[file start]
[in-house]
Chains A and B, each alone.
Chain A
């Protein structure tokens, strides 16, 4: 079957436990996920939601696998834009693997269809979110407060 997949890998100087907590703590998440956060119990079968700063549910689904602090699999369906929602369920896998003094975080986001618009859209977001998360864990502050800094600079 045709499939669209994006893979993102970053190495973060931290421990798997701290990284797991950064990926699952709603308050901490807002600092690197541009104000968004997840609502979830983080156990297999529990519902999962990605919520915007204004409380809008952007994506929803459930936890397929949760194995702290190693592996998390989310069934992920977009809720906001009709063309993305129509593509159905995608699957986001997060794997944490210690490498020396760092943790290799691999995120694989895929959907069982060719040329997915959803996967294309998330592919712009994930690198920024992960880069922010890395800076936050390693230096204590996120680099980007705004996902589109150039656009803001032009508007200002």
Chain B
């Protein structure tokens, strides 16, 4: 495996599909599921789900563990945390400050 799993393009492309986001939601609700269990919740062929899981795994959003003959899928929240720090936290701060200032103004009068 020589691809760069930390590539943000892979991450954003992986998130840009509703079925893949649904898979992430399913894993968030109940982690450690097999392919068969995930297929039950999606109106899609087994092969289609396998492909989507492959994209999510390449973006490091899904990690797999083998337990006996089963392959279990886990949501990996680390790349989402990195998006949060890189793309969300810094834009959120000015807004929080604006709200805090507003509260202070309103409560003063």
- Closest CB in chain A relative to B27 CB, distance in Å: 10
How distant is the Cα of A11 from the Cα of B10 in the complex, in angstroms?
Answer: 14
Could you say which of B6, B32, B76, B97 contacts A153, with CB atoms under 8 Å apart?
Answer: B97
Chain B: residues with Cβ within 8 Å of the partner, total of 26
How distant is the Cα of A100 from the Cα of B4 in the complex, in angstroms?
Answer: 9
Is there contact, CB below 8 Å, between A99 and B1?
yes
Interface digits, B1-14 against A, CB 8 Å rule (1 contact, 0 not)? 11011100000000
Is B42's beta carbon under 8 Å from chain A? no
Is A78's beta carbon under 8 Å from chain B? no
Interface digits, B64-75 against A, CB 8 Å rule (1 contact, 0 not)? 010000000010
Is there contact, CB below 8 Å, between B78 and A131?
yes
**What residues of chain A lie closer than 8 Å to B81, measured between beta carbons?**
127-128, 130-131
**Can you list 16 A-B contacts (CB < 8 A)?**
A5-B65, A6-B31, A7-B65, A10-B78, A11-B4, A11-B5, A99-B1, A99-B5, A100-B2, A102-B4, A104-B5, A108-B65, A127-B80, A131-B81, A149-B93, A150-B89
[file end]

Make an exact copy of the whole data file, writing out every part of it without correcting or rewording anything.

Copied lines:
[in-house]
Chains A and B, each alone.
Chain A
């Protein structure tokens, strides 16, 4: 079957436990996920939601696998834009693997269809979110407060 997949890998100087907590703590998440956060119990079968700063549910689904602090699999369906929602369920896998003094975080986001618009859209977001998360864990502050800094600079 045709499939669209994006893979993102970053190495973060931290421990798997701290990284797991950064990926699952709603308050901490807002600092690197541009104000968004997840609502979830983080156990297999529990519902999962990605919520915007204004409380809008952007994506929803459930936890397929949760194995702290190693592996998390989310069934992920977009809720906001009709063309993305129509593509159905995608699957986001997060794997944490210690490498020396760092943790290799691999995120694989895929959907069982060719040329997915959803996967294309998330592919712009994930690198920024992960880069922010890395800076936050390693230096204590996120680099980007705004996902589109150039656009803001032009508007200002």
Chain B
């Protein structure tokens, strides 16, 4: 495996599909599921789900563990945390400050 799993393009492309986001939601609700269990919740062929899981795994959003003959899928929240720090936290701060200032103004009068 020589691809760069930390590539943000892979991450954003992986998130840009509703079925893949649904898979992430399913894993968030109940982690450690097999392919068969995930297929039950999606109106899609087994092969289609396998492909989507492959994209999510390449973006490091899904990690797999083998337990006996089963392959279990886990949501990996680390790349989402990195998006949060890189793309969300810094834009959120000015807004929080604006709200805090507003509260202070309103409560003063």
- Closest CB in chain A relative to B27 CB, distance in Å: 10
How distant is the Cα of A11 from the Cα of B10 in the complex, in angstroms?
Answer: 14
Could you say which of B6, B32, B76, B97 contacts A153, with CB atoms under 8 Å apart?
Answer: B97
Chain B: residues with Cβ within 8 Å of the partner, total of 26
How distant is the Cα of A100 from the Cα of B4 in the complex, in angstroms?
Answer: 9
Is there contact, CB below 8 Å, between A99 and B1?
yes
Interface digits, B1-14 against A, CB 8 Å rule (1 contact, 0 not)? 11011100000000
Is B42's beta carbon under 8 Å from chain A? no
Is A78's beta carbon under 8 Å from chain B? no
Interface digits, B64-75 against A, CB 8 Å rule (1 contact, 0 not)? 010000000010
Is there contact, CB below 8 Å, between B78 and A131?
yes
**What residues of chain A lie closer than 8 Å to B81, measured between beta carbons?**
127-128, 130-131
**Can you list 16 A-B contacts (CB < 8 A)?**
A5-B65, A6-B31, A7-B65, A10-B78, A11-B4, A11-B5, A99-B1, A99-B5, A100-B2, A102-B4, A104-B5, A108-B65, A127-B80, A131-B81, A149-B93, A150-B89